THINK OF A SONG THAT comes to you after everyone has left. It is December, and the decorative lights that your apartment complex put up a week before Diwali are still right there. They will remain so till the New Year. It is a time when your calendar is marked with parties to go to. There is a sale everywhere, and you are buying more mufflers and boots than you can ever wear. There are artificial Christmas trees for sale, and your morose friend suddenly appears in a red sweater. The gypsies from Rajasthan living on the roadside are selling cheap barbecue sets (and even firewood). You savour the sun during the day whenever you can, and at night, you go to parties or host one yourself. There is always someone who gets a little tipsy and sings ‘Tum mile dil khile aur jeene ko kya chahiye’.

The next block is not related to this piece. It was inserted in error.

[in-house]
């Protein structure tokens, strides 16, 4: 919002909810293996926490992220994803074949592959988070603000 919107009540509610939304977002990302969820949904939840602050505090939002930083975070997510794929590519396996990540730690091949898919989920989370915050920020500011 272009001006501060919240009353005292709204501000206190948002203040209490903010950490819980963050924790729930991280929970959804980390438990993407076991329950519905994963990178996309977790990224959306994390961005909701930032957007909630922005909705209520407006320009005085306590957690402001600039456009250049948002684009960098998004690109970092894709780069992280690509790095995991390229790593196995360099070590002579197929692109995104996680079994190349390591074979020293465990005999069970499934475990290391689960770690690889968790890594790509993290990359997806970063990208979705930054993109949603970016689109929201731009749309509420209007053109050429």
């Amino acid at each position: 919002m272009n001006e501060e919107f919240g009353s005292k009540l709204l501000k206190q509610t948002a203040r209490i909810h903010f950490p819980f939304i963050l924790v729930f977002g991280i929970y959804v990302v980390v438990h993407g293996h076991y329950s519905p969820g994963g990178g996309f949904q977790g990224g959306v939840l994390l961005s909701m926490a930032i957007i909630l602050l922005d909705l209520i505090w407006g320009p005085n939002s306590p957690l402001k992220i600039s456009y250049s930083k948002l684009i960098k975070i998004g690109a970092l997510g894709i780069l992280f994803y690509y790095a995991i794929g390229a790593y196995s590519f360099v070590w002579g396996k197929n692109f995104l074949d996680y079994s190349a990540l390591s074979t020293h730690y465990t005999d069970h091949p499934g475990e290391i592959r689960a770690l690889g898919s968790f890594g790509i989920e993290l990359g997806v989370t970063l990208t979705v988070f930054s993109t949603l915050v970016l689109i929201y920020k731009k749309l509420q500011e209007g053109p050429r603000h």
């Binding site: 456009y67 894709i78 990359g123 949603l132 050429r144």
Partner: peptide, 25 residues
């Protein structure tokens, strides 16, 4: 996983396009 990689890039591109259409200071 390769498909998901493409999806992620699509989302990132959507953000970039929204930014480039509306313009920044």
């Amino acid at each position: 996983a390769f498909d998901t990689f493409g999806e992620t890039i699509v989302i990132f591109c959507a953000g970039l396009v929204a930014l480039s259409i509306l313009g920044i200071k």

And then everyone leaves. There is cigarette ash and faint shoe marks on your rug, and empty glasses on your side table. The karaoke mike lies suspended in the air with its wire, from your TV cabinet, and the scented candles have turned into lumps; someone has dropped curry on your table runner. The marriage processions outside and their DJs and firecrackers have gone silent. So has the sound of laughter from your neighbour’s party. It is 2AM or so. The lawn which you can see from your window where old men will congregate in the morning and raise their arms and induce fake laughter to get their blood going is empty. And so is your heart. In the morning, it will be occupied again by OTPs and WhatsApps, or by what the writer Peter Handke called “the daily renewed problem of how to go on living.”
But that will be in the morning; it is not morning yet. It is a moment where you pause, and like Samuel Beckett says in Watt, consider “the darkening ease, the brightening trouble; the pleasure pleasure because it was, the pain pain because it shall be.” There is a song that comes to you at that moment.